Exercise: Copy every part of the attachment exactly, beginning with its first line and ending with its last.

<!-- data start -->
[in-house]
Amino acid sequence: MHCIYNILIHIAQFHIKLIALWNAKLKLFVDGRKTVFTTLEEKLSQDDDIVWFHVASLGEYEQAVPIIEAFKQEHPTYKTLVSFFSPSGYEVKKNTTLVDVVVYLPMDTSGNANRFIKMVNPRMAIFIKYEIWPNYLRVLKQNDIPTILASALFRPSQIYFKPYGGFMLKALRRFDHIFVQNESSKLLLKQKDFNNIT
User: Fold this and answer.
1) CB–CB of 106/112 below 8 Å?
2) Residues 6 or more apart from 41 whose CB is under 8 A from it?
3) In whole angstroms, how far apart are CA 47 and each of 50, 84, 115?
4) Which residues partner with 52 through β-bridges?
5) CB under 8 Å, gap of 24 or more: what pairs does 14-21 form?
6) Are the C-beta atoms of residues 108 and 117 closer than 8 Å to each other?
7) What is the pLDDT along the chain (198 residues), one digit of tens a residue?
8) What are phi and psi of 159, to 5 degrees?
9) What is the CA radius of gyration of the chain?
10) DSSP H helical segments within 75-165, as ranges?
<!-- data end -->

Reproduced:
[in-house]
Amino acid sequence: MHCIYNILIHIAQFHIKLIALWNAKLKLFVDGRKTVFTTLEEKLSQDDDIVWFHVASLGEYEQAVPIIEAFKQEHPTYKTLVSFFSPSGYEVKKNTTLVDVVVYLPMDTSGNANRFIKMVNPRMAIFIKYEIWPNYLRVLKQNDIPTILASALFRPSQIYFKPYGGFMLKALRRFDHIFVQNESSKLLLKQKDFNNIT
User: Fold this and answer.
1) CB–CB of 106/112 below 8 Å?
2) Residues 6 or more apart from 41 whose CB is under 8 A from it?
3) In whole angstroms, how far apart are CA 47 and each of 50, 84, 115?
4) Which residues partner with 52 through β-bridges?
5) CB under 8 Å, gap of 24 or more: what pairs does 14-21 form?
6) Are the C-beta atoms of residues 108 and 117 closer than 8 Å to each other?
7) What is the pLDDT along the chain (198 residues), one digit of tens a residue?
8) What are phi and psi of 159, to 5 degrees?
9) What is the CA radius of gyration of the chain?
10) DSSP H helical segments within 75-165, as ranges?